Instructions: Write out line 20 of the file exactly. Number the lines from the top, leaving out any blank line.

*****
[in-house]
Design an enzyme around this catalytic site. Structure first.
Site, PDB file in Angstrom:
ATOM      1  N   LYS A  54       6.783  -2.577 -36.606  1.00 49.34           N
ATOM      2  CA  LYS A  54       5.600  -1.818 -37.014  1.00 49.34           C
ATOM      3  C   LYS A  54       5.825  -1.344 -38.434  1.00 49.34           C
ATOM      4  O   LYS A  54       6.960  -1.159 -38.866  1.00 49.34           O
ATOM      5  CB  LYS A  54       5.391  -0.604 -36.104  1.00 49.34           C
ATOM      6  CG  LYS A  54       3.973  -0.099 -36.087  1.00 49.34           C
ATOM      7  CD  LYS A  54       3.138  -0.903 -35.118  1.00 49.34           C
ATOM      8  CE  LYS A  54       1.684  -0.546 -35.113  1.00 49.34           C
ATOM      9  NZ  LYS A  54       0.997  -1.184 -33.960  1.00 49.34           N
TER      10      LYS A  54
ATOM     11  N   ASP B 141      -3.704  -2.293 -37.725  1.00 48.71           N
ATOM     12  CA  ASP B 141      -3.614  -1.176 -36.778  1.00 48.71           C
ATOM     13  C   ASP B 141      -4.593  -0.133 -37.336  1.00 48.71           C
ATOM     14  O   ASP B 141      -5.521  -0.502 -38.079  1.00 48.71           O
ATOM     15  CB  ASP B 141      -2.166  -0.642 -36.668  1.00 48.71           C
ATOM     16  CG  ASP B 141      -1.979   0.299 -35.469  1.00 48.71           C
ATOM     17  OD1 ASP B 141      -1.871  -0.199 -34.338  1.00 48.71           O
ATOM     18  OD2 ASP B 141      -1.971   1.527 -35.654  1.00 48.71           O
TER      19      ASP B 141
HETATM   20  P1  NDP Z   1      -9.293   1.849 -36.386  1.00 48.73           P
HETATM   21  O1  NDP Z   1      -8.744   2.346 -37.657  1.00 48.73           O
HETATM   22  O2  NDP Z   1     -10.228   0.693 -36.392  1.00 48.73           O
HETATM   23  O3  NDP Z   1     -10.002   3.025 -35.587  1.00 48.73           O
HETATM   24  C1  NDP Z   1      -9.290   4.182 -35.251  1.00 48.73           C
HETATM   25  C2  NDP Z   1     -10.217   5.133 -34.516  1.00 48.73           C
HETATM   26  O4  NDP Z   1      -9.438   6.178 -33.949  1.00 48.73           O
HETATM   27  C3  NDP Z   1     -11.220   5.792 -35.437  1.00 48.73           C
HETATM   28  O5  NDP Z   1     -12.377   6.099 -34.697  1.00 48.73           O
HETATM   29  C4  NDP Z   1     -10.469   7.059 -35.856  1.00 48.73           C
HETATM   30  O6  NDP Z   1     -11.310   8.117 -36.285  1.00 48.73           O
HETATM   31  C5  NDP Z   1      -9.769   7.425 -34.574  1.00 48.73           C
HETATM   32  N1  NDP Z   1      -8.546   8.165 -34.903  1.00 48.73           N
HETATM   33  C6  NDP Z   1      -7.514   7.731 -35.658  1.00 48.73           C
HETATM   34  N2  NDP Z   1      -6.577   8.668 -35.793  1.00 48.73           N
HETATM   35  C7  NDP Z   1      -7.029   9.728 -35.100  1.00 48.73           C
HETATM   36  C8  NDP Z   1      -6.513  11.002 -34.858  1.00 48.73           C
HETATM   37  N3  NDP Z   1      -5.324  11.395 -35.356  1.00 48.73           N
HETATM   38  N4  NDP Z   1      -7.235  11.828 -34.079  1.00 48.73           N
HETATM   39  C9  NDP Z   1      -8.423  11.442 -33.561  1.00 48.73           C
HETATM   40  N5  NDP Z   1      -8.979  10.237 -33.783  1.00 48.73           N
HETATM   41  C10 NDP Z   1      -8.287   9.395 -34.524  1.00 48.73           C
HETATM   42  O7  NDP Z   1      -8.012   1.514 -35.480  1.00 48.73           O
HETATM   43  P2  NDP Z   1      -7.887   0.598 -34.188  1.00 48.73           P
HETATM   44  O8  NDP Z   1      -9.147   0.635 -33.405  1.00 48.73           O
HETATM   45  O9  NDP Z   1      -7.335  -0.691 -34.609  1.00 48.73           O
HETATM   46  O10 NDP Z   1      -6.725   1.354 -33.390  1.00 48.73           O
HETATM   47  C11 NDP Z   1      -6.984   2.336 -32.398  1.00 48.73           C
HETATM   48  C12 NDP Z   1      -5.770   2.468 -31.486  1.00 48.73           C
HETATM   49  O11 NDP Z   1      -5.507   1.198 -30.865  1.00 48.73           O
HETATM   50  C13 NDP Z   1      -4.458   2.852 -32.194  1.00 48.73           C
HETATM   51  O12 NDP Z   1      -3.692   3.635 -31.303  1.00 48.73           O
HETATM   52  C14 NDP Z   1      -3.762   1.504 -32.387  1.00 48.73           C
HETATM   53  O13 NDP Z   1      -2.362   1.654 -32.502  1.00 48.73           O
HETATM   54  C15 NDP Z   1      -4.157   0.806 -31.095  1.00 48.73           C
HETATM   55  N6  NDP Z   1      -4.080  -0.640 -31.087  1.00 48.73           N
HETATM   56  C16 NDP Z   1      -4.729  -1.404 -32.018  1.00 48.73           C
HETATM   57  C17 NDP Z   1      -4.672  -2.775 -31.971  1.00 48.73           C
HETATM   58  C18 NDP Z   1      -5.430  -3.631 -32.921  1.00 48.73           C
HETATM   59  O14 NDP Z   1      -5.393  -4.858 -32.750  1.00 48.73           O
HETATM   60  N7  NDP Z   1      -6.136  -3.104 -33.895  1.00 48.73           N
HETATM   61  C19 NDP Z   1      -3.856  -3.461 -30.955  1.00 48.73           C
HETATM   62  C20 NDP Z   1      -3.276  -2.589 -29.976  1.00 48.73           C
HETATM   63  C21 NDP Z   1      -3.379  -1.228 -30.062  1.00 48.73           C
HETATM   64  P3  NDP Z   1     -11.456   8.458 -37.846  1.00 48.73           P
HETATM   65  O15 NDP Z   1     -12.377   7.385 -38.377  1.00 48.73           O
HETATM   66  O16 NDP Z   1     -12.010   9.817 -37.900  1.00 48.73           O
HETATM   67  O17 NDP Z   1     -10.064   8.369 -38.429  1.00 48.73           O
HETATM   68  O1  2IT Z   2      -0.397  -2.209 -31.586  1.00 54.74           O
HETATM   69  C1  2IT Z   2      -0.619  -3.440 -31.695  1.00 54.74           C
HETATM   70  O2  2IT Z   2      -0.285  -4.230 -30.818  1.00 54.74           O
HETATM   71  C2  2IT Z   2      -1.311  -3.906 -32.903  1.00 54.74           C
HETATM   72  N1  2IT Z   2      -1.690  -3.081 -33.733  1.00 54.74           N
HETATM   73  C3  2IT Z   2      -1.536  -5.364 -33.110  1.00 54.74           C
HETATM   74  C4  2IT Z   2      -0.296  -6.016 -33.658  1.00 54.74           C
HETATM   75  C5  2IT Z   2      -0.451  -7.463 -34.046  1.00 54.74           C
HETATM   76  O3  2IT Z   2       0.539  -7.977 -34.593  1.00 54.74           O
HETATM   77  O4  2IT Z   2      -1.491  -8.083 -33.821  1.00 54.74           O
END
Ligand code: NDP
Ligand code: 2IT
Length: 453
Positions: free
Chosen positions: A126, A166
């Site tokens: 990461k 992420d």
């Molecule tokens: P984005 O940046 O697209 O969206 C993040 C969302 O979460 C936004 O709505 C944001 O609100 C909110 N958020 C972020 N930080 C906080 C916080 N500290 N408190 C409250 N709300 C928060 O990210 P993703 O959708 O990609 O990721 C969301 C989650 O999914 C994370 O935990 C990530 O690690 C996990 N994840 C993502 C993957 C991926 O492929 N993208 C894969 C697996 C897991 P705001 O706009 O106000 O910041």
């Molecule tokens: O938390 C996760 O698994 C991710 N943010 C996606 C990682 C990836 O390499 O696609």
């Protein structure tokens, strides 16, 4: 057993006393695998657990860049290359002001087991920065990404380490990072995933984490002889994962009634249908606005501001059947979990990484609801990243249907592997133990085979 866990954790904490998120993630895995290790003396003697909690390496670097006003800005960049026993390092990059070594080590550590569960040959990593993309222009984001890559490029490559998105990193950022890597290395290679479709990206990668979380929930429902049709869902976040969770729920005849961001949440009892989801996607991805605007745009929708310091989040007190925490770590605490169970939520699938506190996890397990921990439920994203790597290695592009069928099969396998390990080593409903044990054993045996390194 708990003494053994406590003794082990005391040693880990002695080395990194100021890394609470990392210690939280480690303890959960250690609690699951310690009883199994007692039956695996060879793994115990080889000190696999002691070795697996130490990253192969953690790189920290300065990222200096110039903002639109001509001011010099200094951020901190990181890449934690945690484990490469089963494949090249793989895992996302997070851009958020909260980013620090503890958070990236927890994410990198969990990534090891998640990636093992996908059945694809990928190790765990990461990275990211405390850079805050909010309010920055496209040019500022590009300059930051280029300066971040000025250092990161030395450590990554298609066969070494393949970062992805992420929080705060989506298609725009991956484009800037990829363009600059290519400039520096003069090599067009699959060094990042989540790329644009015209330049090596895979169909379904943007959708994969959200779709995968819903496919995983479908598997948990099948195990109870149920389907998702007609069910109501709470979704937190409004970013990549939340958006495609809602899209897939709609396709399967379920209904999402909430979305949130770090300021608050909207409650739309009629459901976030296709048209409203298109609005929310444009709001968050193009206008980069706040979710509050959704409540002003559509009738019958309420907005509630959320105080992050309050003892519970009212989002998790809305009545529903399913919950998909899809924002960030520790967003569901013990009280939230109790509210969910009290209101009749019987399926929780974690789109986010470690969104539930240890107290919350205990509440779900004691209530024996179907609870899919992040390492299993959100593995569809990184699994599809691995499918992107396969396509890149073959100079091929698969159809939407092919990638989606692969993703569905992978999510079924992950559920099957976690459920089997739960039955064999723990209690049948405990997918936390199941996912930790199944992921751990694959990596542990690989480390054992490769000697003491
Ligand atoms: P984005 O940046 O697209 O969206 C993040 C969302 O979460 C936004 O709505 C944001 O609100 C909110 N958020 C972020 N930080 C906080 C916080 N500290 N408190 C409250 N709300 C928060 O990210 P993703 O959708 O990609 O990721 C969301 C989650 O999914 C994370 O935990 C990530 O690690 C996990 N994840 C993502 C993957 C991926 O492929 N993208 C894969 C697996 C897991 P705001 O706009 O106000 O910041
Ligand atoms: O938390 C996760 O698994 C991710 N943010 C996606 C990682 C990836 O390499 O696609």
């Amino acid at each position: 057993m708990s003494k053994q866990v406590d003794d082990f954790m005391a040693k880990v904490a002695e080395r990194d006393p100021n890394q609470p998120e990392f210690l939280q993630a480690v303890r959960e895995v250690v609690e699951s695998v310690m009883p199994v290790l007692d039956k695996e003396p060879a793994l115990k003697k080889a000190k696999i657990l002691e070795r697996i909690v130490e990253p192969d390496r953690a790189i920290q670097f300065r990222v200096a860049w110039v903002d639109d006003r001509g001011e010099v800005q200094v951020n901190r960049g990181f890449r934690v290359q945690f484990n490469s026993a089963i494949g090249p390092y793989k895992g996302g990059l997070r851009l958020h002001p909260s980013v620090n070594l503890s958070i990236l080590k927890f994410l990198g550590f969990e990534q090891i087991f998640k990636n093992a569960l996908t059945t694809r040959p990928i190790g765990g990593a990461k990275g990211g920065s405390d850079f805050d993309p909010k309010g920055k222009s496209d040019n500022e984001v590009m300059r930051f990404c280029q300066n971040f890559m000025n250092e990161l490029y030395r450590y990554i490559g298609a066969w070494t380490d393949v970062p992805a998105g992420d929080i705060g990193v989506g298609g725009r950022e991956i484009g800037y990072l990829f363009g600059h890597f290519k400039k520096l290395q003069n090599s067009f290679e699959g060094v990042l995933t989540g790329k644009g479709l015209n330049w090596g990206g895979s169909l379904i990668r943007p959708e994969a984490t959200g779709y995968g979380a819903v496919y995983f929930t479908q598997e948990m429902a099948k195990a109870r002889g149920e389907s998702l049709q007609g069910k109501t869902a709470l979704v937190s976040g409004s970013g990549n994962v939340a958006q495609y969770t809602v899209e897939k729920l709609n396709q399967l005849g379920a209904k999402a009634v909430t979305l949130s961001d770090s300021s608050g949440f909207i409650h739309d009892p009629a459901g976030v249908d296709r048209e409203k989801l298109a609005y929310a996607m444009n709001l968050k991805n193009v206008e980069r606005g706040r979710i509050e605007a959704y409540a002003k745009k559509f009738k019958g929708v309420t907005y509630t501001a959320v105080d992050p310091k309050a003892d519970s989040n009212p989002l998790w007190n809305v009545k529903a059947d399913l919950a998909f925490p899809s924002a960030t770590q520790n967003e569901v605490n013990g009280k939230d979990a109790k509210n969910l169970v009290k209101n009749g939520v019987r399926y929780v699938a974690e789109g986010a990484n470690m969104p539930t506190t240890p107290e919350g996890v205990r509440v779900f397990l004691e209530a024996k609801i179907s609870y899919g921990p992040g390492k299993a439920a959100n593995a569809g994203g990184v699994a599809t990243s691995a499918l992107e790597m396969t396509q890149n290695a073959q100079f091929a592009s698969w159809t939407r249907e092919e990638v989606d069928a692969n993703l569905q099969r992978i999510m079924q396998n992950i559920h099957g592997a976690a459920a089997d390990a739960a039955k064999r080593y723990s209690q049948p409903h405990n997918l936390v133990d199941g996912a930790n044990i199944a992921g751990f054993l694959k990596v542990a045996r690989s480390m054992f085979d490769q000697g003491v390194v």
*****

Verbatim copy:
ATOM     17  OD1 ASP B 141      -1.871  -0.199 -34.338  1.00 48.71           O